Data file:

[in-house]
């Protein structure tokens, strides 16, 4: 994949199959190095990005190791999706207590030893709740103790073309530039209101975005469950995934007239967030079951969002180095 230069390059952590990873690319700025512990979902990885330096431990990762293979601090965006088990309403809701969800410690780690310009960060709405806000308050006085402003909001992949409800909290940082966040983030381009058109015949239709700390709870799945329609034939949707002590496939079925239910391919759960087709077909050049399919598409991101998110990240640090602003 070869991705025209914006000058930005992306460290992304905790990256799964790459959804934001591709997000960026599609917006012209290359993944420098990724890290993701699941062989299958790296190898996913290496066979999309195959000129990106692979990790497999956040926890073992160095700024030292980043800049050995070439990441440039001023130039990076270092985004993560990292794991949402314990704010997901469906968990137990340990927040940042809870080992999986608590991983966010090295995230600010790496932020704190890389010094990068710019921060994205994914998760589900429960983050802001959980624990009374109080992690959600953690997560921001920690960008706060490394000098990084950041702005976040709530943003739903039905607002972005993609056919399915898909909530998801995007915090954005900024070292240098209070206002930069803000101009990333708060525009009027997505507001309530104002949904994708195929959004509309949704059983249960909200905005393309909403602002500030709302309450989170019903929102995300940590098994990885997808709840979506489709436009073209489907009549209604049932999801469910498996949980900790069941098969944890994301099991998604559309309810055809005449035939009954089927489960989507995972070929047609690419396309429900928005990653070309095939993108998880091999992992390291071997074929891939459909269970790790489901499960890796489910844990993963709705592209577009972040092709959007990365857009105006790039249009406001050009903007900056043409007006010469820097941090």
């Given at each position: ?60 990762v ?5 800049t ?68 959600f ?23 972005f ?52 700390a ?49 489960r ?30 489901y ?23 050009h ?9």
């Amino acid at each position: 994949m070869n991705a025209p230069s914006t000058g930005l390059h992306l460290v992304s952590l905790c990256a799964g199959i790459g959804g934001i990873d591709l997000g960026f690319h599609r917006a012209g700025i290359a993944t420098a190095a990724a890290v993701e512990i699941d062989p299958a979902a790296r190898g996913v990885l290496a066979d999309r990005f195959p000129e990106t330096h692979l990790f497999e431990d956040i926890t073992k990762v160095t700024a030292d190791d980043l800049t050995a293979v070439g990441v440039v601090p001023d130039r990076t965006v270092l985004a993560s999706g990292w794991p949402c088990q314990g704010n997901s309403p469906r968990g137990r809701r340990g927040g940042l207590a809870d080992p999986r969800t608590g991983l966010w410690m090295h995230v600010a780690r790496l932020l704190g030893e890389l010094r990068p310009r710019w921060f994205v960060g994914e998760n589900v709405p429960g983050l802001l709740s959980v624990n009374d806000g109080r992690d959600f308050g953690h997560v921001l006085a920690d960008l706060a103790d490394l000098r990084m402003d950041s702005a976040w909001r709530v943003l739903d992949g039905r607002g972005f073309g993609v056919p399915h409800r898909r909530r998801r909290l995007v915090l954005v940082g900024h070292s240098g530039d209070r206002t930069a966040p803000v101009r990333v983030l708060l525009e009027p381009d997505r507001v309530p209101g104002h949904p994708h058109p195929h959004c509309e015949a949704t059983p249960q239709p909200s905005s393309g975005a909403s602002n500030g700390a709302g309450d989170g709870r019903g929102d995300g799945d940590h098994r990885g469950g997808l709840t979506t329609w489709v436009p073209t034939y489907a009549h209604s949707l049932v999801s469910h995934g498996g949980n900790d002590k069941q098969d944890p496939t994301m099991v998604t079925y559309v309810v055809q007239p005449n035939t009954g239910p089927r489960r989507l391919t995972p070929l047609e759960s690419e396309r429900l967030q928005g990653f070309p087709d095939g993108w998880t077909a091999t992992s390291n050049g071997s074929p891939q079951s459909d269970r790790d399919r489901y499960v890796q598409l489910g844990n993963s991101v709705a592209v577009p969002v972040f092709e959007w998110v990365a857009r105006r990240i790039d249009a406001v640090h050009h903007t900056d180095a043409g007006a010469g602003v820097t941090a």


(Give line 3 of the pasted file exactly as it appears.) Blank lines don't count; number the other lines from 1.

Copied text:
């Given at each position: ?60 990762v ?5 800049t ?68 959600f ?23 972005f ?52 700390a ?49 489960r ?30 489901y ?23 050009h ?9």